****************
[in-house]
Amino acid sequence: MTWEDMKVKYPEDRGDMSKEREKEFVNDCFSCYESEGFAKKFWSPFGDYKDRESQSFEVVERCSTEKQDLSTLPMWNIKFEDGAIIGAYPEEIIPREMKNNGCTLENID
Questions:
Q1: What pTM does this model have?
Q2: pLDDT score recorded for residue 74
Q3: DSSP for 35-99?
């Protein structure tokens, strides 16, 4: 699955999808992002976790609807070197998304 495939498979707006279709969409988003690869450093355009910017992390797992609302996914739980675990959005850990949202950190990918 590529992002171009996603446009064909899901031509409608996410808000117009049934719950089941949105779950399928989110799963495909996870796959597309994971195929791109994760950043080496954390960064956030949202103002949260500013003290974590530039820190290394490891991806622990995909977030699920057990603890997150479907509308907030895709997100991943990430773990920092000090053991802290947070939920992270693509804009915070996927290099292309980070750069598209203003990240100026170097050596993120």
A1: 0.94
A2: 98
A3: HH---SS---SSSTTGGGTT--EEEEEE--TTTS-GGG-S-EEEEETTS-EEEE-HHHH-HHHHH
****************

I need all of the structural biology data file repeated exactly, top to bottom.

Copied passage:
[in-house]
Amino acid sequence: MTWEDMKVKYPEDRGDMSKEREKEFVNDCFSCYESEGFAKKFWSPFGDYKDRESQSFEVVERCSTEKQDLSTLPMWNIKFEDGAIIGAYPEEIIPREMKNNGCTLENID
Questions:
Q1: What pTM does this model have?
Q2: pLDDT score recorded for residue 74
Q3: DSSP for 35-99?
């Protein structure tokens, strides 16, 4: 699955999808992002976790609807070197998304 495939498979707006279709969409988003690869450093355009910017992390797992609302996914739980675990959005850990949202950190990918 590529992002171009996603446009064909899901031509409608996410808000117009049934719950089941949105779950399928989110799963495909996870796959597309994971195929791109994760950043080496954390960064956030949202103002949260500013003290974590530039820190290394490891991806622990995909977030699920057990603890997150479907509308907030895709997100991943990430773990920092000090053991802290947070939920992270693509804009915070996927290099292309980070750069598209203003990240100026170097050596993120």
A1: 0.94
A2: 98
A3: HH---SS---SSSTTGGGTT--EEEEEE--TTTS-GGG-S-EEEEETTS-EEEE-HHHH-HHHHH